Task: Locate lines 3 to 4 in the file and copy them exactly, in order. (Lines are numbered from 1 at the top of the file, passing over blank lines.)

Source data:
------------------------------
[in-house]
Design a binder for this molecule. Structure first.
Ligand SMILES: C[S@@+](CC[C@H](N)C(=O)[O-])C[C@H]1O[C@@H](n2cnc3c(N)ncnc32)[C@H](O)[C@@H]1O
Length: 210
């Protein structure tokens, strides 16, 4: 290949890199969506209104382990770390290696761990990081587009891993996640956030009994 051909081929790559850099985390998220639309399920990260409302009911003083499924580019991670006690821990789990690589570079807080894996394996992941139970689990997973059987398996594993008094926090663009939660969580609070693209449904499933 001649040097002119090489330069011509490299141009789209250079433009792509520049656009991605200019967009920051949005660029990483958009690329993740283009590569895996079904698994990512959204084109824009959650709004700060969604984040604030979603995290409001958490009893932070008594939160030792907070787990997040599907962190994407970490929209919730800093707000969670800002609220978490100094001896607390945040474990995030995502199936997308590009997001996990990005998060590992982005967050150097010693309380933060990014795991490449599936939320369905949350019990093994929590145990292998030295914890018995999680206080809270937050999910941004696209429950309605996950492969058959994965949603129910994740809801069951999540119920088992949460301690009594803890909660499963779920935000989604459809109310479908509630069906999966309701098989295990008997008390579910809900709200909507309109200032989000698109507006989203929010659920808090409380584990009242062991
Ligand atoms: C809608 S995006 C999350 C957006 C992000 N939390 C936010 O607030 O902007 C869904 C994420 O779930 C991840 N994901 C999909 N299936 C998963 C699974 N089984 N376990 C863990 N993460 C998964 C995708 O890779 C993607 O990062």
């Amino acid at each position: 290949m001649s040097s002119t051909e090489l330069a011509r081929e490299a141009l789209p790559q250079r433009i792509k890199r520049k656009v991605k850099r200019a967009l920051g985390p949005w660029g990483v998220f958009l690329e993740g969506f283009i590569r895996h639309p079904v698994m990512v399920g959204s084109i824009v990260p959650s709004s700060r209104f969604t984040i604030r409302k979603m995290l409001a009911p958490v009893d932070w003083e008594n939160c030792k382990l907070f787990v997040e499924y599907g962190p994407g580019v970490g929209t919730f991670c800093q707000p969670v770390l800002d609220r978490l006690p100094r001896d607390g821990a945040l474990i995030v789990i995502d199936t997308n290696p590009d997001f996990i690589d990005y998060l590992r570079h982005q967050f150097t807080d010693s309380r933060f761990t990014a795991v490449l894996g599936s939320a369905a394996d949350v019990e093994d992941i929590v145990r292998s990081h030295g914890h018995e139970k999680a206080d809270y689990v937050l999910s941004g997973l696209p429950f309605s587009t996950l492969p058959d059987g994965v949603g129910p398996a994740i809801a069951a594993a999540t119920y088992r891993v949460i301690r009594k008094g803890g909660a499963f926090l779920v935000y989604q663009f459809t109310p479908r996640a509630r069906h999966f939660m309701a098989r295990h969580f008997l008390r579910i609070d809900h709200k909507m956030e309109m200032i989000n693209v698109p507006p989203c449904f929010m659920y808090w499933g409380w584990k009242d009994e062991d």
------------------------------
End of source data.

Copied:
Ligand SMILES: C[S@@+](CC[C@H](N)C(=O)[O-])C[C@H]1O[C@@H](n2cnc3c(N)ncnc32)[C@H](O)[C@@H]1O
Length: 210